If it were easy, everyone would take a stab at fatherhood. Fathers are more than genetic donors. They are leaders who embrace their role and shine when the going gets tough. We look up to our dads because they show us how it's done right.
We're constantly bombarded with reasons to feel bad about ourselves: We're never as attractive, smart, wealthy or successful as we can be. Although it manifests differently, children are also subject to pressure to succeed.
As a dad, you're integral in helping your child maintain a positive self-esteem. Encourage and compliment your child's accomplishments - no matter how small - to promote their confidence.
Teach them that small victories are meaningful and important, that their work does not go unnoticed. Children with good self-esteem are less likely to be depressed or delinquent; they're more likely to succeed in school and have friends.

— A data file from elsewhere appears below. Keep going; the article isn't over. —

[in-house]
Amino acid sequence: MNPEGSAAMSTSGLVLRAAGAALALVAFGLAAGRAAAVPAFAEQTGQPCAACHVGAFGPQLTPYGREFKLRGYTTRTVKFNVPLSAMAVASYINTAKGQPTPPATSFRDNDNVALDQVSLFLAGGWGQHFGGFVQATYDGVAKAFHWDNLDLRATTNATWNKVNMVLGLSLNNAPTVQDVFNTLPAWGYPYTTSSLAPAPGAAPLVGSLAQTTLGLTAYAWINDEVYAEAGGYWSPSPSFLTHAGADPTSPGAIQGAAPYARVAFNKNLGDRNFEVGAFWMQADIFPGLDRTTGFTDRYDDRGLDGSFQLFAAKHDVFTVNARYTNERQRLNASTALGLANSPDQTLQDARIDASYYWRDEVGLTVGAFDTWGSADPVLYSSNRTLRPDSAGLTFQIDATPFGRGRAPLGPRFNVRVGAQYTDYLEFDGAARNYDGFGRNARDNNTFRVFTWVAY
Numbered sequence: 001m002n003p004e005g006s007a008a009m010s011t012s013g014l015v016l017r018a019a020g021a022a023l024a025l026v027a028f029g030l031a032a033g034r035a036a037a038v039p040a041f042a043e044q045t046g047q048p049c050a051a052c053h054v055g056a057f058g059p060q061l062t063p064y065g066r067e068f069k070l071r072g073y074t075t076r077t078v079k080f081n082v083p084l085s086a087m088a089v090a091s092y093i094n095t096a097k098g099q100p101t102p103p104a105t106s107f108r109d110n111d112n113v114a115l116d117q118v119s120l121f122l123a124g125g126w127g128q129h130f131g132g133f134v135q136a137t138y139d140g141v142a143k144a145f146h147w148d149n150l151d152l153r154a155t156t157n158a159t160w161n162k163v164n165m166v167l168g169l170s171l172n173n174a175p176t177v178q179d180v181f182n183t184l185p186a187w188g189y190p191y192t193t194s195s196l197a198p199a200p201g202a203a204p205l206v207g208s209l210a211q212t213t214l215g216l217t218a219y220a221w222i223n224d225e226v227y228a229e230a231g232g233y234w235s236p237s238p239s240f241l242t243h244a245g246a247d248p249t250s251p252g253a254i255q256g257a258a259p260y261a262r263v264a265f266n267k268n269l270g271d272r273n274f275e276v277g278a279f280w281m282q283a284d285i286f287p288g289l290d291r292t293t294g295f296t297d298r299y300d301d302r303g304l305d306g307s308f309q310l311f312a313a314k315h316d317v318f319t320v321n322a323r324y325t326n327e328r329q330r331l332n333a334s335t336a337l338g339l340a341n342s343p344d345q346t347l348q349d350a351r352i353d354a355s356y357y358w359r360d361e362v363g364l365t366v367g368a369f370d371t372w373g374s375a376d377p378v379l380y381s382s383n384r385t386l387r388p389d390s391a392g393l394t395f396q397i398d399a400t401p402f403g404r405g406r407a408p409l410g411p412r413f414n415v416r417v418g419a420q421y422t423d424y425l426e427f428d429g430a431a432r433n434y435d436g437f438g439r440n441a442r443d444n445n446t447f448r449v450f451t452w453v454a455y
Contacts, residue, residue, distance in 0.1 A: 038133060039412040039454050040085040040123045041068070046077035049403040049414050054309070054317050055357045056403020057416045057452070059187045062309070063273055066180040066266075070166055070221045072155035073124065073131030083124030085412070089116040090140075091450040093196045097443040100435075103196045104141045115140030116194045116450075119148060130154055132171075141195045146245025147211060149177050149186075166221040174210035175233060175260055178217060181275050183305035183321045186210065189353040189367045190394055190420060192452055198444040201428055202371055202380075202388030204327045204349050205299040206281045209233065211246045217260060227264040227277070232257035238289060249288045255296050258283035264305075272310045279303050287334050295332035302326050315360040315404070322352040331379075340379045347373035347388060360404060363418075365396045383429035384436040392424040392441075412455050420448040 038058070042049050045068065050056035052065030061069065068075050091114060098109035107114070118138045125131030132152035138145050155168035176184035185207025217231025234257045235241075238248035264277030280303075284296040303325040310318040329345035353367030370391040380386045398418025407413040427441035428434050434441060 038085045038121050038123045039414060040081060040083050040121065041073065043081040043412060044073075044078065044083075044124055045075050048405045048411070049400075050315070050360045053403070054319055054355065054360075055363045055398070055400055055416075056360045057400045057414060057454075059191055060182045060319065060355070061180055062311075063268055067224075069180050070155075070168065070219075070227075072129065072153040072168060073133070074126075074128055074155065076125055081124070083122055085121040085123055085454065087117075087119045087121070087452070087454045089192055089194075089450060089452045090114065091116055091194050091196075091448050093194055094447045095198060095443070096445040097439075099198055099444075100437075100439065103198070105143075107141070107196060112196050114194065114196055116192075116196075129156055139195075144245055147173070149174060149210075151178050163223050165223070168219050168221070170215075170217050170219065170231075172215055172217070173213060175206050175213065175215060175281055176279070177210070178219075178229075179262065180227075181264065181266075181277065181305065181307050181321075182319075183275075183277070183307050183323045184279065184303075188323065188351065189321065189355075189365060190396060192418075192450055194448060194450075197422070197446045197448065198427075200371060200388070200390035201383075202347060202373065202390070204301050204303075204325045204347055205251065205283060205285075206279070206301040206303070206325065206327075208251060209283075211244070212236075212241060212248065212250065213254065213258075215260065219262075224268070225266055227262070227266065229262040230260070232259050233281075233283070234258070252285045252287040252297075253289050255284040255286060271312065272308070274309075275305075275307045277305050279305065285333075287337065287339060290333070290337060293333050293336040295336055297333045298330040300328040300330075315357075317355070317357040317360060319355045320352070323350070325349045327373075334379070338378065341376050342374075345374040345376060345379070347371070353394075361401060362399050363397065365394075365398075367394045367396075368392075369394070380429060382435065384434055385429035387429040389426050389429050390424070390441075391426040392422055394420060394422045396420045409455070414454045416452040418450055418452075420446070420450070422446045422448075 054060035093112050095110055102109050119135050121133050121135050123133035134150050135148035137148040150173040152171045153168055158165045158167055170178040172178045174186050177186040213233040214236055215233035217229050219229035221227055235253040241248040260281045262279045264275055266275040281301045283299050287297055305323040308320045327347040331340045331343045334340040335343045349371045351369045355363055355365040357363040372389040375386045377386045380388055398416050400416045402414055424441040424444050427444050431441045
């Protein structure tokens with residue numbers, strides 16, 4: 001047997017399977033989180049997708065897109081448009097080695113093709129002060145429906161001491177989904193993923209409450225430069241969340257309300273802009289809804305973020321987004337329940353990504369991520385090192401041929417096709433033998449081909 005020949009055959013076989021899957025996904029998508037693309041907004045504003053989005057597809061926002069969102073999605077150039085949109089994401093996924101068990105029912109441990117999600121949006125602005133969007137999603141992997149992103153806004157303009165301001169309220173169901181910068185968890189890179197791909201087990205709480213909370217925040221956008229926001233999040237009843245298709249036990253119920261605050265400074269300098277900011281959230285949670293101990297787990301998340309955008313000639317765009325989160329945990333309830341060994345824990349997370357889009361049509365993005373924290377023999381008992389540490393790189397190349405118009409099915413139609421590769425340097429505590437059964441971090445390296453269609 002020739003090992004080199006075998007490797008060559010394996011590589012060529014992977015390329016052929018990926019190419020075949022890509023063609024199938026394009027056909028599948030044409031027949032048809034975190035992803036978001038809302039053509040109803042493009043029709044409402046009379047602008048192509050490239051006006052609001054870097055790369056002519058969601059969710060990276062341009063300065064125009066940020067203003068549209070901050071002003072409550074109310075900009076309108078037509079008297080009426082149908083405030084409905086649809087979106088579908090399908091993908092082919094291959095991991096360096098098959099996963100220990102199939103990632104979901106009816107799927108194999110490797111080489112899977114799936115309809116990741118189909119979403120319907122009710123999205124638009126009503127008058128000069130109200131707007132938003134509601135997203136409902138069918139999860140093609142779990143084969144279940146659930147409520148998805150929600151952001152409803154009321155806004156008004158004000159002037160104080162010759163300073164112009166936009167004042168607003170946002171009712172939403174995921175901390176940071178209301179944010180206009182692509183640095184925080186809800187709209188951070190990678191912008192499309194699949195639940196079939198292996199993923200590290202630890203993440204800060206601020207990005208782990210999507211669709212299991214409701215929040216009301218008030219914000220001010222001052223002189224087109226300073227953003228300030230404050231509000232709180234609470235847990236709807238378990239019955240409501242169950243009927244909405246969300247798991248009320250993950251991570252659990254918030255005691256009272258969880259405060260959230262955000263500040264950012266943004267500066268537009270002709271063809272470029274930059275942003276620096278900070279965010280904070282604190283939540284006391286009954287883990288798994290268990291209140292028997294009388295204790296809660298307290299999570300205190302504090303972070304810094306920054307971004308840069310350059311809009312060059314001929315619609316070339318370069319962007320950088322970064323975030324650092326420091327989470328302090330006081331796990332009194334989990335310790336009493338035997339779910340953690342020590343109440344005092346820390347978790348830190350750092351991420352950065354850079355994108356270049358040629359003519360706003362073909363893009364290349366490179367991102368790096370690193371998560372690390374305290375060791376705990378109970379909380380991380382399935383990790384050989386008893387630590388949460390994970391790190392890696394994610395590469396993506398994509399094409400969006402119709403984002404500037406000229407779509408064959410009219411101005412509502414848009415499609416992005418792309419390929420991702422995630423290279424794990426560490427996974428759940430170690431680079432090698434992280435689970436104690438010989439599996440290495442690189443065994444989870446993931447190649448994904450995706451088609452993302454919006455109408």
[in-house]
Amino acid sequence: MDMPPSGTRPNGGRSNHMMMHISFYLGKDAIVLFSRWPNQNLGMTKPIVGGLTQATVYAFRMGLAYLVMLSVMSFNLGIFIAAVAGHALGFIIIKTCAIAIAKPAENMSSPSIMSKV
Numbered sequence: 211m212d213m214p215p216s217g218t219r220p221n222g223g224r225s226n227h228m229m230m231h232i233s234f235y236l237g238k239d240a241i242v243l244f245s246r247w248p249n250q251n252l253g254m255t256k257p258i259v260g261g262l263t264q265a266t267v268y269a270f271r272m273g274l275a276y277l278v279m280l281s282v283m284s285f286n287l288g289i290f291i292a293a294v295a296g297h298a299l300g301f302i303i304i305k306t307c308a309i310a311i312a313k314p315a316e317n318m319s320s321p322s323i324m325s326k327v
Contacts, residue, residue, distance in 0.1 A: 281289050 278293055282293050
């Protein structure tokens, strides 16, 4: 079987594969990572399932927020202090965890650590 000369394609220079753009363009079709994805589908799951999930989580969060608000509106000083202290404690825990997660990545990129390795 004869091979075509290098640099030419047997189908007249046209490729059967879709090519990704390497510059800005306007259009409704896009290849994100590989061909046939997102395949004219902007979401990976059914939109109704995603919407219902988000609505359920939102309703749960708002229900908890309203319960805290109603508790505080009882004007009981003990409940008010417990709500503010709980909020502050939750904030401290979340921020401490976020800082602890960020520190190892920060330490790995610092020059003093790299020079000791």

A dad who promotes healthy competition instills confidence in his child. For children, winning a race to the car, a game of chess or an intense game of HORSE against their father (even if he lets them) is a giant leap for their spirit and tenacity.
Teaching your children to compete, whether they win or lose, helps them become self-reliant, determined and assured. Competition doesn't have to come on the soccer pitch or baseball diamond; if your kiddo is more into theater or music than basketball, encourage him or her to compete for the lead role or the first chair.
Competitive courage is valued in every facet of life, for children and their fathers.